Exit plan creation should be a key part of your business plan, no matter whether you’re serving your first customer / client or swiftly approaching retirement. Knowing what you plan to do when you hand the company reins over to someone else allows you to align present business decisions and operational objectives with your long term personal and financial goals.
To ensure a successful exit and ultimately safeguard the value of your business, your exit plan should contain these five essential elements.
- Well-Defined Goals
When your business is just starting out, your goals will be tentative and likely to change over time. That’s to be expected. But they still need to be in place, so that all you need to do is revise them as your company grows and / or its circumstances (and yours) change. Examples of such goals include:
- Target exit date
- Whether you want the transition to be to a key employee, family member, or third-party buyer
- A definition of the value you want to make a financially successful exit
Knowing your goals will help you devise the best strategy.
- A Decision on Transition Type
There are different types of business transition, each one intended to serve the goals and needs of different business owners and company types.
- Merger & acquisition (typically involves merging with a similar company or being ‘bought out’ by a larger one)
- Selling to a family member or key employee
- Liquidating the business and closing it down
The one you select will dictate the future of the company, and your present operating model should follow suit.
- Optimized Company Value
If you want to obtain the best terms and price for your business, your exit strategy needs to include steps that optimize its value. This includes:
- A track record of proven results and suggestion of future profitability
- Sustainable business performance via carefully considered risks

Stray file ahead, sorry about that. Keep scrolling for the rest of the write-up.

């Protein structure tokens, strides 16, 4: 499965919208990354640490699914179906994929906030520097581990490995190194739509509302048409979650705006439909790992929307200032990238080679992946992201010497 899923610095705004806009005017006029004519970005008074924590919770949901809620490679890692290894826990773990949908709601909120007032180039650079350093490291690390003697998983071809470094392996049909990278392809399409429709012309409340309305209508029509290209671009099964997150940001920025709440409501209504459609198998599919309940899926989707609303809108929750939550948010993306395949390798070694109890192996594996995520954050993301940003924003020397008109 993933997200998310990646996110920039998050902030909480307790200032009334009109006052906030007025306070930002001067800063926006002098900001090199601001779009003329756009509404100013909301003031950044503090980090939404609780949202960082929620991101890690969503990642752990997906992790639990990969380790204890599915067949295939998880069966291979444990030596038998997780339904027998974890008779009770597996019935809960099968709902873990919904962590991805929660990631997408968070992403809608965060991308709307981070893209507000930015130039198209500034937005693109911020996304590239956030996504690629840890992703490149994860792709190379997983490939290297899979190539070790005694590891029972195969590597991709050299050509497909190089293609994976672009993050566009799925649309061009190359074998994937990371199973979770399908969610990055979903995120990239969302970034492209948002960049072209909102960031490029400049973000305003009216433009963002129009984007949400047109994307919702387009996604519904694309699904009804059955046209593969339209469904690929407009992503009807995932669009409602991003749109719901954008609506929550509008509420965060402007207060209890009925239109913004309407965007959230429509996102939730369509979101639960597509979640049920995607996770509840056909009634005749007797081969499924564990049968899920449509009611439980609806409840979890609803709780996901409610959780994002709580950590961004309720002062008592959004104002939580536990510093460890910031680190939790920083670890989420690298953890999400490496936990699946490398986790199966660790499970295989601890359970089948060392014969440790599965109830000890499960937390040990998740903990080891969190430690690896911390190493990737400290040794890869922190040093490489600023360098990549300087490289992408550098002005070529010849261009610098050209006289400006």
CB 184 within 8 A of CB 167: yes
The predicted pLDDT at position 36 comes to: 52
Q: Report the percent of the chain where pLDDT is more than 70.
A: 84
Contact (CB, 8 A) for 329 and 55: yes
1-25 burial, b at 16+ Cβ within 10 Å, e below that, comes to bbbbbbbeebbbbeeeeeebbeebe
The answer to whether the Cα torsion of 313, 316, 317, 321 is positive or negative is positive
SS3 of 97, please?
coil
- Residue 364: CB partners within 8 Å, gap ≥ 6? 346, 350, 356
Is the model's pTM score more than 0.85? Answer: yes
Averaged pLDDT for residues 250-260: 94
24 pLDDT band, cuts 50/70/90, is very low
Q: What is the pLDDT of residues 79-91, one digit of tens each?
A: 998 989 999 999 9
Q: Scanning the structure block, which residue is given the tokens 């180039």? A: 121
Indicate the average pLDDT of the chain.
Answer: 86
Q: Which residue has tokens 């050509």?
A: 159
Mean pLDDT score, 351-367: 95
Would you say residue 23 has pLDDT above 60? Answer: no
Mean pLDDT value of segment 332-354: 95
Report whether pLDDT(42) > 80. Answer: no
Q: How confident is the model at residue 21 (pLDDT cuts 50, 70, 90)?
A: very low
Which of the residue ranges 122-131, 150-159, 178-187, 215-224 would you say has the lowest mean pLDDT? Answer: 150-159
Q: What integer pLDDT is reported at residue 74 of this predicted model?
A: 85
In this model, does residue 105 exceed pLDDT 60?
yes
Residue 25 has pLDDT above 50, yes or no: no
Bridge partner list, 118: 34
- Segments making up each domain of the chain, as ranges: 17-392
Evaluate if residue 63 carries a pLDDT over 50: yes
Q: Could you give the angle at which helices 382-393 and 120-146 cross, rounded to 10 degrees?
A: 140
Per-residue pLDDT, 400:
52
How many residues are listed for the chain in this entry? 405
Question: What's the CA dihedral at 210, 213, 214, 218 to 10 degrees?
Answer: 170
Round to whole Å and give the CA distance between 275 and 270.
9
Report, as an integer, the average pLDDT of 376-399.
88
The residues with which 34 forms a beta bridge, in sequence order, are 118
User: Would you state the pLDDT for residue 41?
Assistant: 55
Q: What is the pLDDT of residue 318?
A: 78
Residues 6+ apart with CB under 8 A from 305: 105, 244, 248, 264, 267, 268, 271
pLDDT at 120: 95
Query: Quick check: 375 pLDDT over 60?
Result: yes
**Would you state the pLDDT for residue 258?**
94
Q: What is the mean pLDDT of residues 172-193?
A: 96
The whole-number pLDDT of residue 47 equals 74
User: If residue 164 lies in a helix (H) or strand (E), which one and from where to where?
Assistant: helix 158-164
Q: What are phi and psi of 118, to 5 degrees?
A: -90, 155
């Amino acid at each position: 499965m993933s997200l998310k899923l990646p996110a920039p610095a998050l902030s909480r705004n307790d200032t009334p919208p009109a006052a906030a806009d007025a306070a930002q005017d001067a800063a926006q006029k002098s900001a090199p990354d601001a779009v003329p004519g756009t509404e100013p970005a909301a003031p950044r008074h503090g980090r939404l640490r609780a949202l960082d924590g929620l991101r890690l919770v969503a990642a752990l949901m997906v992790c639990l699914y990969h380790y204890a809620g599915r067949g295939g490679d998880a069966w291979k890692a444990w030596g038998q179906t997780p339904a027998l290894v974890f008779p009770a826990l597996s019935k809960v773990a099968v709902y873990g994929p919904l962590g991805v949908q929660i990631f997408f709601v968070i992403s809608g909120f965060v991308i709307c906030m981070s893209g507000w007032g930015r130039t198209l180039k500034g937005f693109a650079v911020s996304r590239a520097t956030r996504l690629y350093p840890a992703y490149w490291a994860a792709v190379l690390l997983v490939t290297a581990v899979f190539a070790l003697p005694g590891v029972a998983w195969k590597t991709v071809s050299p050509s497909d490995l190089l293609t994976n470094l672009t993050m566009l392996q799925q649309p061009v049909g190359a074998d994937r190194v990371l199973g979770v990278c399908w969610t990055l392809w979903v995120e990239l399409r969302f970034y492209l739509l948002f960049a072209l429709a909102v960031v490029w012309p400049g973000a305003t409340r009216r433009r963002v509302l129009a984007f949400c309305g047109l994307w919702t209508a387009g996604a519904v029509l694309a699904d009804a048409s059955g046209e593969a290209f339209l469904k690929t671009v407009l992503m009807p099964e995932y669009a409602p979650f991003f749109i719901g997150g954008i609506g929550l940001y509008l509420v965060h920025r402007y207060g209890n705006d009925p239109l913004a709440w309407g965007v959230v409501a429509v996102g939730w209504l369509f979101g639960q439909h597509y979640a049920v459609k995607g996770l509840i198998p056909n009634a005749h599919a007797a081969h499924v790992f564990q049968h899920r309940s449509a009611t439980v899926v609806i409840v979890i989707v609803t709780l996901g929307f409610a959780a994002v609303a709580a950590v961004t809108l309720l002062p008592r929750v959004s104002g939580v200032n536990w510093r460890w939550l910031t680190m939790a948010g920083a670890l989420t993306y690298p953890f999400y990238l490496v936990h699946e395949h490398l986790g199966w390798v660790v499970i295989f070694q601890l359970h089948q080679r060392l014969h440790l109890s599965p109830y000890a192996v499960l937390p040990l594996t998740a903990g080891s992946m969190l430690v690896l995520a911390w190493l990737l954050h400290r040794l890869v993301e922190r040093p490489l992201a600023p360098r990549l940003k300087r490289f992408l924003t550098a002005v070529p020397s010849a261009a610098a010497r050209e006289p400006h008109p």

- Metrics that measure progress and enable the owners to take corrective action if necessary
- An ability to enter adjacent markets, increasing its value to higher-level buyers
This element can be achieved by working with a business broker who understands your industry and is familiar with its current valuation metrics.
- Flexible Approach
Many business owners balk at creating an exit strategy because they believe that once they develop one, their future business moves are cast in stone and unchangeable. The reality is that the best and most effective exit strategies change over time as the business and / or the market grows and evolves. Every plan should be monitored at regular intervals and updated as needed.
- Proper Timing
Like most things in life, those who plan do better than those who do not. Without sufficient time to prepare your exit plan, the company may not be in an ideal position to attract buyers who will offer the highest price and best deal terms. You may also miss out on the chance to benefit from market conditions that could raise both the value of your business and the number of qualified buyers.
Remember: exiting a business is a process, not a one-time thing. As a company owner, you need to put a lot of consideration and analysis into your exit plan so that you make the right decision when the time comes. Otherwise you leave both your future and your legacy to chance.
At Tennessee Valley Group, Inc. we have years of professional and practical experience in helping business owners create plans to successfully exit from their business. To learn more about how we can make your future goals a reality, please fill out our contact form or call 615.390.9966 for a confidential consultation
Tennessee Valley Group
Latest posts by Tennessee Valley Group (see all)
- Does the Entrepreneur Know More Than the Corporate Titan? - April 17, 2017